Once home to Toronto's World's Biggest Bookstore, the now-vacant lot at 20 Edward Street could soon see activity. In advance of September's Council meeting, City of Toronto planning staff have recommended approval for a mixed-use tower to replace the former bookstore. As part of the project, a new PATH-accesible secondary entrance for the TTC's Dundas Station will come to Elm Street, adding a north access point to the subway. 

The proposed 30-storey tower has been recommended for approval, image via submission to the City of Toronto

Although the low-rise bookstore—which, despite its name, was not the largest in the world—was demolished in late 2014, Lifetime Developments' plans for the site's future have continued to evolve as the lot sat empty. While the site was initially envisioned as a high-end 'restaurant row,' that plan was scuppered in favour of a proposal for 35-storey tower in early 2015.

Demolition of the World's Biggest Bookstore in 2014, image by Jack Landau

Designed by architectsAlliance, the 35-storey version faced a number of significant planning obstacles. The proposed height impeded upon the helicopter flight path to Sick Kids Hospital, while further concerns about density and massing—as well as a desire for a new entrance to Dundas Station—meant that the project would require a number of revisions to meet approval. From there, the scope of the proposal evolved.

Looking south, the two typologies make the slab tower appear as two distinct points, image via submission to the City of Toronto

Last month, an altered proposal was submitted to the City. Responding to the planning concerns identified in the 2015 submission, the tower's height was reduced to 30 storeys, clearing the flight path to Sick Kids. In addition, the slab-like volumes initially proposed were refined into two distinct typologies, thereby breaking up the tower's apparent bulk (above). The tower would add 572 residential suites to the area, along with 6,399 m² street-level and underground retail space, and 2,844 m² of office space atop a three-story podium. In addition, a total of 241 vehicle parking spaces are planned in a four-storey underground parking garage, while 672 bicycle spaces will also be provided. Meanwhile, a provision for a secondary entrance to Dundas Station was also included in the new submission, with an automated exit/entrance facility set to front Edward Street.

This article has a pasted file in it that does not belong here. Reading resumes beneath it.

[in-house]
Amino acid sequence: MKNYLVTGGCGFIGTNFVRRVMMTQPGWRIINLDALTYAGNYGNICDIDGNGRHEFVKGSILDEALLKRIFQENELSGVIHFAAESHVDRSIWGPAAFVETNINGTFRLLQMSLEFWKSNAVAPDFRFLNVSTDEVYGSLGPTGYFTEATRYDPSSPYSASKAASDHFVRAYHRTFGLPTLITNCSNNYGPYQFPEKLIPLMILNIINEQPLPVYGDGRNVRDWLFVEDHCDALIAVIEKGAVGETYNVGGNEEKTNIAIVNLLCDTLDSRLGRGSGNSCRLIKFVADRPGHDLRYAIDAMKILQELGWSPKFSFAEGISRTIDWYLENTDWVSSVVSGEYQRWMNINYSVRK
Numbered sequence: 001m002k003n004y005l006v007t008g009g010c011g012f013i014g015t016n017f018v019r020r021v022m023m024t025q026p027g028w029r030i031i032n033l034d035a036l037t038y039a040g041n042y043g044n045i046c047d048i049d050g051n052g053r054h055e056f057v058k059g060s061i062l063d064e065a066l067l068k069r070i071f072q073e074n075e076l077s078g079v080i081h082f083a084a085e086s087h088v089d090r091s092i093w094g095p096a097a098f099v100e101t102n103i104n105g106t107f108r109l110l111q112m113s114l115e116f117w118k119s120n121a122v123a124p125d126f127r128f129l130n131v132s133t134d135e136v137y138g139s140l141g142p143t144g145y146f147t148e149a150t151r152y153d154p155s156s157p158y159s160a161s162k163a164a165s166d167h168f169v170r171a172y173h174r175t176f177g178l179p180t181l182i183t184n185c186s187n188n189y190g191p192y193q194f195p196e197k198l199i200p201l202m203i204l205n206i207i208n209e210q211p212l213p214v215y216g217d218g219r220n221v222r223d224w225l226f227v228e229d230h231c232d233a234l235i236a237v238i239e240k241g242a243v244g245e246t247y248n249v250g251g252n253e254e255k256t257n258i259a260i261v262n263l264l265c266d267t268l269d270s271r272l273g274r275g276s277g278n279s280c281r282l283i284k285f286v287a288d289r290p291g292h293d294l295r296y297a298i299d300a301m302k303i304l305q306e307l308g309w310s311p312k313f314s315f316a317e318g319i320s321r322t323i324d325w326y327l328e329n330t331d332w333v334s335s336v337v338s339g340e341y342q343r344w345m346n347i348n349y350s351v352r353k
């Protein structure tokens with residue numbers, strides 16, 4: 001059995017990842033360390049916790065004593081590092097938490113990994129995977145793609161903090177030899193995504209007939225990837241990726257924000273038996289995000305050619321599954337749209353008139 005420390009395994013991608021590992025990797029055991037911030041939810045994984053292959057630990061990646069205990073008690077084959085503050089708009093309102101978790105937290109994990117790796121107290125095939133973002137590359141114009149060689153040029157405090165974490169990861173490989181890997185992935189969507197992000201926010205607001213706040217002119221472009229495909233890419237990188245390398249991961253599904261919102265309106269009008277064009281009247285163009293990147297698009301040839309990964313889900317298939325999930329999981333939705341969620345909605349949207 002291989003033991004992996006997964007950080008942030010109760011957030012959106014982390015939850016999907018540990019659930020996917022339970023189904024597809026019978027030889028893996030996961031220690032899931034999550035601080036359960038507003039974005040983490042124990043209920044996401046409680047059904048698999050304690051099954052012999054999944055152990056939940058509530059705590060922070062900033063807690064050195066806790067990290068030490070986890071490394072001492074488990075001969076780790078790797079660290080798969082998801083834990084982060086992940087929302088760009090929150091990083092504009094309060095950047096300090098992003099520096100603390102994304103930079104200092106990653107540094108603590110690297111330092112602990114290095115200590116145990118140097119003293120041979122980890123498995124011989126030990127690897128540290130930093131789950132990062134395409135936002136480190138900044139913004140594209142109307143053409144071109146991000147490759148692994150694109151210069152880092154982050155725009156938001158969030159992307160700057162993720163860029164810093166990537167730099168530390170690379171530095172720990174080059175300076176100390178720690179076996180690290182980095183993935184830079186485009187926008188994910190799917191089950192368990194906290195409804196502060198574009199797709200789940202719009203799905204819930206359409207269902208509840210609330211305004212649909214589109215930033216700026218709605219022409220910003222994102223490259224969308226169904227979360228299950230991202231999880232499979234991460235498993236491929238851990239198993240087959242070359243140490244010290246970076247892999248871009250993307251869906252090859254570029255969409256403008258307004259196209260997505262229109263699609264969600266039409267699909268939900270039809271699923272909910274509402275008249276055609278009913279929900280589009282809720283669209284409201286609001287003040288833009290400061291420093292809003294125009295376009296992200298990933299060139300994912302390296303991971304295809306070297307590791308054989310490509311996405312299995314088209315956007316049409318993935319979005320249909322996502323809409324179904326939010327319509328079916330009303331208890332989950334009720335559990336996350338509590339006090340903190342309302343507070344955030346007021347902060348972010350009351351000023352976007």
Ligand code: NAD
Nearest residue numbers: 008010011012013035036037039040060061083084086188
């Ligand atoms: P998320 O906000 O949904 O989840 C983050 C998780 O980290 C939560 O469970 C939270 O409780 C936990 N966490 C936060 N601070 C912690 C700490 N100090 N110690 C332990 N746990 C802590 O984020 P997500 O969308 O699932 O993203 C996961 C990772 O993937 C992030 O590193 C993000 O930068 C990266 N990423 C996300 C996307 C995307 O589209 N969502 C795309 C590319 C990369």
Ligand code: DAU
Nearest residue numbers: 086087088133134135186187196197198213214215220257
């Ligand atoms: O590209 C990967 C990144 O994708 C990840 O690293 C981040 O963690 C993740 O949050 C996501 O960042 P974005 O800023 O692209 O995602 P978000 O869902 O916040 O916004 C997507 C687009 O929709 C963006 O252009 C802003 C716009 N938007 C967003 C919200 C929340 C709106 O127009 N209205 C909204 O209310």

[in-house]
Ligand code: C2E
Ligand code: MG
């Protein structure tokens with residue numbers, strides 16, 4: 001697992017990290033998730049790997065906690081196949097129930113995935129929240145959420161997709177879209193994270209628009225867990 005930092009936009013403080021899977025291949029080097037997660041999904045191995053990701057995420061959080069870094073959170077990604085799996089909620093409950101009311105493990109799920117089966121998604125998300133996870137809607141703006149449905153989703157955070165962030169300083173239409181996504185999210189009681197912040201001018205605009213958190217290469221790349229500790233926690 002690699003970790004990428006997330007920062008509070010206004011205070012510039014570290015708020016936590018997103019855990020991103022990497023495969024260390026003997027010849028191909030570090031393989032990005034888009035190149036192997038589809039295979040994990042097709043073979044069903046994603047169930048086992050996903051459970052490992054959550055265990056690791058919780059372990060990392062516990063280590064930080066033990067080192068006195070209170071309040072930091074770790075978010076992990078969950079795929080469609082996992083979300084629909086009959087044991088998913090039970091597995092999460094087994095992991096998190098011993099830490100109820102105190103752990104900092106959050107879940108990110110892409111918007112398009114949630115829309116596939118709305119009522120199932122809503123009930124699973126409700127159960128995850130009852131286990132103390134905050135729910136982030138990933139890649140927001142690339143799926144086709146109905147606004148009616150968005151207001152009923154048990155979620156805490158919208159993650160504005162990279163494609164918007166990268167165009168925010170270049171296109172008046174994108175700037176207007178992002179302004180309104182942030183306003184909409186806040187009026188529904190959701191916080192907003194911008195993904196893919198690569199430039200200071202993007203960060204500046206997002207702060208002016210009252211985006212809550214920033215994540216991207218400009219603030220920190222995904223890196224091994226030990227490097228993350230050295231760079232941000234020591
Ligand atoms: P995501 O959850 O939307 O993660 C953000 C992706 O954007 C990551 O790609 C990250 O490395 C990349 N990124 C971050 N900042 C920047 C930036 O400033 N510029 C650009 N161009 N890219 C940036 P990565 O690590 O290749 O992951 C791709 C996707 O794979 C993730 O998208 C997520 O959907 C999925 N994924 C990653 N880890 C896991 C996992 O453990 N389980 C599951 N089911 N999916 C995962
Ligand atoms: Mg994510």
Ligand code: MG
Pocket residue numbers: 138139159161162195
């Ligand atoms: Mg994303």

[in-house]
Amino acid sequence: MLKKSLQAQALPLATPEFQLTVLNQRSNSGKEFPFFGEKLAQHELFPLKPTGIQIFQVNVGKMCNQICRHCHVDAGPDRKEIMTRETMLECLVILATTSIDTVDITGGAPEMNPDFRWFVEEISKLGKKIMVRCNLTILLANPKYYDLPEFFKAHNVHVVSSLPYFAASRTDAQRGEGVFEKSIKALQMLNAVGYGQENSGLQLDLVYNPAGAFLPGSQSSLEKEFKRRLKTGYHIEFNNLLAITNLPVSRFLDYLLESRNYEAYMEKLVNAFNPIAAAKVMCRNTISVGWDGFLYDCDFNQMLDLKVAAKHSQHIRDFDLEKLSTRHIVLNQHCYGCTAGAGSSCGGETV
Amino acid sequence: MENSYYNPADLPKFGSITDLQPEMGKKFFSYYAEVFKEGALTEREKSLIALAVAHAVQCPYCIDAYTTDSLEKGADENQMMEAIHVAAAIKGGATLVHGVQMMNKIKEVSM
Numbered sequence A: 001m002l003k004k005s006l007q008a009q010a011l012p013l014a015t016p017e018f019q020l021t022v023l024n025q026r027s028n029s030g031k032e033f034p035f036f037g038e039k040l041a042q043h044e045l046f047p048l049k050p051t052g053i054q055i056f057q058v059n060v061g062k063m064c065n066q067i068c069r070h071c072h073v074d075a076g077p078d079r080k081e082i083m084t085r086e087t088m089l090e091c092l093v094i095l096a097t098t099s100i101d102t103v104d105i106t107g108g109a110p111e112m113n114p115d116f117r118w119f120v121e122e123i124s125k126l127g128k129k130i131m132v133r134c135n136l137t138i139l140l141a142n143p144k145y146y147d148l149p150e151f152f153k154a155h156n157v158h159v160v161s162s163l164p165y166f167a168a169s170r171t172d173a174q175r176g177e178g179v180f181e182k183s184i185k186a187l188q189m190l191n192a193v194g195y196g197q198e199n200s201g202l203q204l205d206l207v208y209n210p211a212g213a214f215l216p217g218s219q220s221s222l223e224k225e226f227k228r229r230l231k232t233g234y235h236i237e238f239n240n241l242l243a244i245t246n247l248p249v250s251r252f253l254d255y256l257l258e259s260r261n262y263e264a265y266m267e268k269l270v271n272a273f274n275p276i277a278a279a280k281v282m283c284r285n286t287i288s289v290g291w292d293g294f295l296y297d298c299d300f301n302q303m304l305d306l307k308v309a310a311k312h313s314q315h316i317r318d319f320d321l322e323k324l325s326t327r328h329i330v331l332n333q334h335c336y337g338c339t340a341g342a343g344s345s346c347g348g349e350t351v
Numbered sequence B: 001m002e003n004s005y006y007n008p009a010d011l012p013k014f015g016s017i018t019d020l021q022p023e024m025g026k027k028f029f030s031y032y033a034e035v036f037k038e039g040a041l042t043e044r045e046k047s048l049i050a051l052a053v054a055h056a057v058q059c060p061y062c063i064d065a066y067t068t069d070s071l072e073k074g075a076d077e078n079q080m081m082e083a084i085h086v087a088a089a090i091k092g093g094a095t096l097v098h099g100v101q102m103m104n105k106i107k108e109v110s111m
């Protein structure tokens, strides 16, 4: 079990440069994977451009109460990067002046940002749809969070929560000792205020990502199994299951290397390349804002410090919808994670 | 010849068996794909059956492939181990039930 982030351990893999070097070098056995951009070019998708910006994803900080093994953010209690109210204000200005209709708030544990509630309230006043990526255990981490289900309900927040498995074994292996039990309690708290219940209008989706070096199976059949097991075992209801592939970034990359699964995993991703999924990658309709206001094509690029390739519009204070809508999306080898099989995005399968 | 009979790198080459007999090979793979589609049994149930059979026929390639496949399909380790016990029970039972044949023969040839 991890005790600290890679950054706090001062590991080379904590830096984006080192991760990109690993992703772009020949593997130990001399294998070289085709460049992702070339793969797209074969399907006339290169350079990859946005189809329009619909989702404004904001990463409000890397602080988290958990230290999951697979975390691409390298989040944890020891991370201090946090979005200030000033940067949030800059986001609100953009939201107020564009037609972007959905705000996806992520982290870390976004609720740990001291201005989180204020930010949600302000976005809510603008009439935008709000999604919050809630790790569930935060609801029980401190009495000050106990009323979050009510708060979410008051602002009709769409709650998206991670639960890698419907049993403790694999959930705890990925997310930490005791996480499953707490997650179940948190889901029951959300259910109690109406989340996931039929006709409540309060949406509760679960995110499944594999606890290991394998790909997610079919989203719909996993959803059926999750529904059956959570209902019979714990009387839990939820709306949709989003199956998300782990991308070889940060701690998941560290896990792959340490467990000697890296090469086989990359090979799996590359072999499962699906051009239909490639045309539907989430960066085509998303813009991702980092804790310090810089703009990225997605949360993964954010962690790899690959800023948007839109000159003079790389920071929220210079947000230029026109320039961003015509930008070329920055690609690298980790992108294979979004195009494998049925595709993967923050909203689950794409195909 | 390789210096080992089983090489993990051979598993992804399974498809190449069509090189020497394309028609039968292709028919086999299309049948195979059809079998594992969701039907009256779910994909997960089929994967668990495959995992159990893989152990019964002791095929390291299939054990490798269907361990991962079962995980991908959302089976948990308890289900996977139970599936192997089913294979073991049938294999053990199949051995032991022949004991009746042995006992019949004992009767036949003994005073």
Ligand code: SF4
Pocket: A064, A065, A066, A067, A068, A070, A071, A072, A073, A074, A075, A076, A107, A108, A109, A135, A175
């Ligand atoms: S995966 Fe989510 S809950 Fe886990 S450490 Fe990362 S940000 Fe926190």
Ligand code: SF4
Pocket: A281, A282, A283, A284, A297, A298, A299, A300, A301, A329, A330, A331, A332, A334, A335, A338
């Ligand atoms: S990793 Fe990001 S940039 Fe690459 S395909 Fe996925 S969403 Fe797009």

The concourse level plan (note the TTC entrance at bottom right), image via submission to the City of Toronto

Now recommended for approval at October City Council following September Community Council, the Planning Department's Final Report states: 

The proposal will include a second exit to the TTC Dundas Station that will be accessible 24 hours a day 7 days a week. A tunnel will be constructed from the TTC Dundas Station that leads to the proposal's retail concourse level, which then provides access to the ground floor and out to Edward Street. The applicant has agreed to provide space for the proposed TTC second exit to be within the development proposal. The recommendations in this report secure the TTC Dundas Station second exit within the Section 37 Agreement as a legal convenience.

The retail concourse plan (above) indicates a wall-less level waiting for detail, showing the TTC connection underneath Edward Street. An indefinite end to the tunnel could indicate a potential connection to the Atrium on Bay and the existing PATH system on the south side of the street. The Final Report goes on to consider the possibility of PATH continuing north through the 20 Edward site as well. 

The City’s PATH Master Plan identifies a “medium priority” potential PATH expansion from the Atrium on Bay site to extending north to Gerrard Street. This could possibly connect the College Street and the College Park and Aura developments with the larger PATH system to the south. The PATH connection is identified as a potential Section 37 community benefit. 

The Edward Street retail frontage, image via submission to the City of Toronto

A $3.5 million Section 37 contribution has been arrived at by the City and the developer, with allocation of the disbursements still to be finalized. As part of the Section 37 contribution beyond the TTC entrance, a 72 m² on-site POPS is being sought at the northwest end of the site, fronting the mid-block pedestrian connection between Edward and Elm streets, which is itself set to be widened and improved (below). In addition to the Section 37 monies, an off-site parkland dedication—equivalent in value to 253 m² of on-site land—has been earmarked via Section 42.

The improved mid-block connection, image via submission to the City of Toronto

We will keep you updated as the project continues to develop at September's Community Council meeting, and October's City Council meeting. In the meantime, additional information is available via our dataBase file, linked below, as well as our previous editorial, which highlighted the evolved submission. Want to share your thoughts about the project? Leave a comment below this page, or join the conversation in our Forum. 

Related Companies:  architectsAlliance, Cecconi Simone, Isotherm Engineering Ltd., Lifetime Developments, Strybos Barron King, Turner Fleischer Architects